There are some German built DC powered tools that have the power of the Foredom tool but the micro motor is entirely in the handpiece; there is no flex shaft to rob power.

Dremel tools have also been around for a long time and they have profesional tools that are not offered in the usual mass market retailers.

The problem is that most of these high powered tools carry high powered price tags. Pretty easy to spend $400 to $500 for some of these. But, if I make my living setting $10,000 diamonds I can afford a precision tool that I know won’t stall or vibrate or sound like a jet engine.

-- Michael :-{| “If you tell a big enough lie and tell it frequently enough, it will be believed.” ― A H

View Jordan's profile

Jordan

1358 posts in 1778 days


#10 posted 09-07-2012 09:09 PM

I have not considered the Foredom because I did not know that they had a hand piece with the high rpm ability – but I will certainly look into that.

It’s not the cost that matters to me, I just happen to be trying out a new tool for a company and was trying to figure out why it didn’t have the same power as the noisy old Dremel – which has worked great, has been cost efficient and out run my old Foredom by about 15 years.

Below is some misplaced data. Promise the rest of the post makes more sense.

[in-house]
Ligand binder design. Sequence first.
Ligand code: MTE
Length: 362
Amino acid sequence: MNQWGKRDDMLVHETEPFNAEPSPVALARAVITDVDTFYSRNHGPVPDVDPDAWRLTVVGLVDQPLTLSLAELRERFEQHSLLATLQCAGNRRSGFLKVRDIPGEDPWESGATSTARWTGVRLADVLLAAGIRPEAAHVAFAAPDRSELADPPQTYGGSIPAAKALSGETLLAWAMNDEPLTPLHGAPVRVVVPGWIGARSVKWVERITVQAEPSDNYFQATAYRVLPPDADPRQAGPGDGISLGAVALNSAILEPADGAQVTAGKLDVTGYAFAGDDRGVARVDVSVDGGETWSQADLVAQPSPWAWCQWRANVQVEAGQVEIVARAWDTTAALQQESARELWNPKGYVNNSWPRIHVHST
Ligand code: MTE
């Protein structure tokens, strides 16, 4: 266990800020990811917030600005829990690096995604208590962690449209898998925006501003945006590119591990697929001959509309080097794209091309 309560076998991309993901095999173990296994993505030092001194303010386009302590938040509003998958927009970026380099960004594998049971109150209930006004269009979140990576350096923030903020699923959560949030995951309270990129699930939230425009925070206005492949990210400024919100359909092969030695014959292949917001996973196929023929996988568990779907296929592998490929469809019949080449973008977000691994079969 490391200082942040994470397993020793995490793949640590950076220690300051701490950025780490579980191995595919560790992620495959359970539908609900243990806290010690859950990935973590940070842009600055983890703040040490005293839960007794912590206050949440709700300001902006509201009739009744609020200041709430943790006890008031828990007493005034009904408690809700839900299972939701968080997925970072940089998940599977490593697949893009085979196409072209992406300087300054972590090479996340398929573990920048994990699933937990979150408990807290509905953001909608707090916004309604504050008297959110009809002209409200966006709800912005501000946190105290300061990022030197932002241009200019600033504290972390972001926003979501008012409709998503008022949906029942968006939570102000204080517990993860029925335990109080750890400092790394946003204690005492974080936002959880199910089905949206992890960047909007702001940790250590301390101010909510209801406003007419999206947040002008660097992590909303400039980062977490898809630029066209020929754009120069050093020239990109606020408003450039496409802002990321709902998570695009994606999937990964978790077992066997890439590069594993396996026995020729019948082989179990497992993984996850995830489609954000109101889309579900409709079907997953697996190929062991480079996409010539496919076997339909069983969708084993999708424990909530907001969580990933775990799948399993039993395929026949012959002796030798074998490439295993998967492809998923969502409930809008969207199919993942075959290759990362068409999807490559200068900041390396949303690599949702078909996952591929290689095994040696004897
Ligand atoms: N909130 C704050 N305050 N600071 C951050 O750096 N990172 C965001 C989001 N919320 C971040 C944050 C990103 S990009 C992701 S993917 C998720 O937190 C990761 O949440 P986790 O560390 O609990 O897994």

-- http://www.jordanstraker.com

View lanwater's profile

lanwater

3083 posts in 1587 days


#11 posted 09-07-2012 09:48 PM

I would love to know which one makes even half the noise of the dremmel. I would buy it.

I have a dremmel for many years and it works great but the noise could be heared from afar.
That’s why I don’t use it much.

-- Abbas, Castro Valley, CA

View Roger's profile

Roger

14562 posts in 1457 days


#12 posted 09-07-2012 11:03 PM

No way, no how, just no to dumb. The only dumb question that there could ever be was, is that coffee hot

-- Roger from KY. Work/Play/Travel Safe. Kentuk55@bellsouth.net

View LittlePaw's profile

LittlePaw

1571 posts in 1731 days


#13 posted 09-08-2012 12:21 AM

My Dremel just died on me. It;s speed dropped down noticeably to about half speed. But it would pick back up when not grinding. After a while, the switch turned itself off as soon as I turn it on!

-- LittlePAW - The sweetest sound in my shop, next to Mozart, is what a hand plane makes slicing a ribbon.

View Jordan's profile

Jordan

1358 posts in 1778 days


#14 posted 09-08-2012 12:23 AM